The debate centers on a federal case called United States v. Grubbs, which the Ninth Circus Circuit Court of Appeals decided in July of 2004. The Grubbs decision held that anticipatory search warrants are constitutional. What's the difference between a regular old search warrant and an anticipatory warrant, you ask? Take a look at the plain vanilla version first.

Let's say the FBI wants to search your house for documents showing that you gave megabucks to the 2005 Islamic Jihad Recruiting Drive and Cookie Bake-Off. To raid your home legally under the Fourth Amendment to the U.S. Constitution, the FBI would first have to convince a neutral magistrate to issue a search warrant. That means they'd have to show probable cause (which roughly means "enough evidence to convince a reasonable person") that those documents are in your house. They'd sign an affidavit to that effect, after which the magistrate might issue a warrant allowing them to enter your home to grab the documents.

So the order is:

  1. Probable cause shown
  2. Magistrate makes judgment call
  3. Warrant issued
  4. Cops conduct search

Well, last year in the Ninth Circuit, Judge Stephen Reinhardt (a Carter appointee and liberal judicial activist) upheld "anticipatory warrants", which rearrange the steps like so:

  1. Warrant issued
  2. Probable cause shown
  3. Cops make judgment call
  4. Cops conduct search

Sounds unconstitutional, right? Not to worry, says Judge Reinhardt. You see, although anticipatory warrants are issued without probable cause because the cops haven't presented all the required evidence yet, the boys in blue anticipate that the last bits of evidence will fall into place at some point.

So our trusty magistrate writes out the warrant with a special triggering clause, so that it only takes effect after the cops find those last bits of evidence. At that point, the theory goes, the cops have cleared the probable cause hurdle and can conduct their search. In other words, the cops wait for the "triggering event" written into the warrant, and when they are satisfied that everything's kosher they raid your house ... while our friend the progressive magistrate is already out on the golf course.

Orin Kerr isn't comforted:

Maybe I am missing something, but I find this line of cases quite troublesome. The whole point of a warrant requirement is to have a neutral magistrate decide when probable cause exists. The decision to authorize the search is up to the judge, not the police officer. The addition of a condition precedent [Ed: in other words, the "triggering event"] delegates that decisionmaking authority to the law enforcement officer, at least in part. Because the officer decides when the triggering event has occurred, the probable cause determination is no longer made entirely by the neutral magistrate.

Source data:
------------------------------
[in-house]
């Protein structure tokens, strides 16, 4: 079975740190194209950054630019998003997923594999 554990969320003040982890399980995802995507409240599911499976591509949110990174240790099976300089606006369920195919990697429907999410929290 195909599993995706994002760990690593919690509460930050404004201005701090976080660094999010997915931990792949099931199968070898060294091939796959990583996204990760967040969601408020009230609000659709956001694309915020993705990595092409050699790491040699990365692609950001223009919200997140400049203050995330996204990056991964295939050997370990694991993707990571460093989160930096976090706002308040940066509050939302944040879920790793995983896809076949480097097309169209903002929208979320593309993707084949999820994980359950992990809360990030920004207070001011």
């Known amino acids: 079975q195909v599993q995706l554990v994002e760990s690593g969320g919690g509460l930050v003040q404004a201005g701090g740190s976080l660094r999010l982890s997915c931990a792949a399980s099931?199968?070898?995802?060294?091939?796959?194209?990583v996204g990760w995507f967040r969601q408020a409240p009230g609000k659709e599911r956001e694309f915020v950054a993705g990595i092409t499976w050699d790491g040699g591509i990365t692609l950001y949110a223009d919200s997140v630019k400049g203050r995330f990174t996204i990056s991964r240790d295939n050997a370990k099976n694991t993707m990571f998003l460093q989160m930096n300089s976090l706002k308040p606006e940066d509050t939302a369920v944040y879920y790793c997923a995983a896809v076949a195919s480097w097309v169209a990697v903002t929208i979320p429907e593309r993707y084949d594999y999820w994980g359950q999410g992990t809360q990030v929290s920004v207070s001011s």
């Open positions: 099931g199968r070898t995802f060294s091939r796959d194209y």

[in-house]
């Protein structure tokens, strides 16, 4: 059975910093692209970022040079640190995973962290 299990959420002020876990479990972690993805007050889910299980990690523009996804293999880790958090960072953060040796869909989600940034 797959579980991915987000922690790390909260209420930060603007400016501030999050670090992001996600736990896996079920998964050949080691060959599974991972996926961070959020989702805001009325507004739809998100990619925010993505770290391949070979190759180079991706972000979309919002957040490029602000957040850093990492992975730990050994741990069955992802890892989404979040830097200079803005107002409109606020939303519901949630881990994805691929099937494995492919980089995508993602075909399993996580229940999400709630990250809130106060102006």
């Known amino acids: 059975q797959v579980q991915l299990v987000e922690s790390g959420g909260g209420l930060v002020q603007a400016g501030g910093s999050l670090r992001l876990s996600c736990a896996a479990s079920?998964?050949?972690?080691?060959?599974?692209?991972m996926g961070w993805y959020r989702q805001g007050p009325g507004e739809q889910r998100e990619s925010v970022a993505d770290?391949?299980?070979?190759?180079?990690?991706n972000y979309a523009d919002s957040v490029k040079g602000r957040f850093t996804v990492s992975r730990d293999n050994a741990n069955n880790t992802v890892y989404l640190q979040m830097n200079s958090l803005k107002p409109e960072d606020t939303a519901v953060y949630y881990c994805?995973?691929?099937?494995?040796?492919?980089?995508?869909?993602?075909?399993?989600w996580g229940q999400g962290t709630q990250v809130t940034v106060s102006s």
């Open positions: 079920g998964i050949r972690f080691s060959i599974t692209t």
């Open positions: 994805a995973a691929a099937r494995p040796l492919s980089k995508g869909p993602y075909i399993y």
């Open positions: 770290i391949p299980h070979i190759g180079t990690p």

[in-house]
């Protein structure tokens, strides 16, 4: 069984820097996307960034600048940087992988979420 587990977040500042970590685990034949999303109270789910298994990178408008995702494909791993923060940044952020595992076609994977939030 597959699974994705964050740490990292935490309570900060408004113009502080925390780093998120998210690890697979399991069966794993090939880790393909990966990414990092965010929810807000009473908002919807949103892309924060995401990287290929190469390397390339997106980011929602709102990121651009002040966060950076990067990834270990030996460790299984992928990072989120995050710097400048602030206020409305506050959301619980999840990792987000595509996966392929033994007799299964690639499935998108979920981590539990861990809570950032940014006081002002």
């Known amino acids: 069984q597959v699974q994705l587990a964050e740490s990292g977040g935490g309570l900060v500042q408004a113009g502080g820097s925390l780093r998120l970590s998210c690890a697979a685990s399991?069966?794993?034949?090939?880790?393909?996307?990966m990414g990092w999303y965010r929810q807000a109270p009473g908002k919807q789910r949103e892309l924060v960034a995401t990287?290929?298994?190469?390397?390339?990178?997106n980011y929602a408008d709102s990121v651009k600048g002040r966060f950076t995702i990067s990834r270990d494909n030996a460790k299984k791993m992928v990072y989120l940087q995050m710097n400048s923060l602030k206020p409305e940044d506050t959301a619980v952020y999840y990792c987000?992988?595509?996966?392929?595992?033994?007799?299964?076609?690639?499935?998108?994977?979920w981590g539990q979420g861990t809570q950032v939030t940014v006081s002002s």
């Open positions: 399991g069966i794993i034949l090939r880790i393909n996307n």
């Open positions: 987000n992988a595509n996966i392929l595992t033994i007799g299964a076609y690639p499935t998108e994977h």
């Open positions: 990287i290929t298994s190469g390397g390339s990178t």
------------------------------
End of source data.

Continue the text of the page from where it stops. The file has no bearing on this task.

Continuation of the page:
...

I think Justices Scalia and Thomas are going to have serious problems with anticipatory warrants. The Fourth Amendment states that "no Warrants shall issue, but upon probable cause." Anticipatory warrants are warrants that issue without probable cause; the probable cause comes after the warrant has been issued. ... Scalia and Thomas will probably say that this is a no-no. And when Scalia and Thomas have pro-defendant inclinations in criminal cases, there are usually a few more votes from liberal Justices ready to join them.

Joining the I-ain't-buying-it chorus is Kevin Drum, a liberal blogger who a bit more than a year ago accurately summarized the biggest problem with anticipatory warrants:

... the problem with this is that a "future event" isn't necessarily a simple, clear-cut incident. It might be something that's unmistakably black-and-white, but it also might be something based on the suspect's behavior that's a bit of a judgment call.

And that's disturbing. The whole point of a warrant is that it prevents police from making their own judgment calls and requires them to make their case to a neutral judge if they want to execute a search. I wonder how long this has been going on and how common it is?

Too long and too often, I'll bet. Most Fourth Amendment judgment calls ought to be reserved for, um, judges. I'll be watching this case closely to see whether the Supreme Court swallows Reinhardt's goofy and unconstitutional reasoning. God willing, they'll follow their past habits and send him packing.

So are you interested in who President Bush nominates to replace Justice O'Connor yet?

More blogging:

New World Man
Crime & Federalism

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UPDATE: This post has merged into today's Beltway Traffic Jam.

Pack your bags, Justice Souter

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This is priceless:

Press Release

For Release Monday, June 27 to New Hampshire media
For Release Tuesday, June 28 to all other media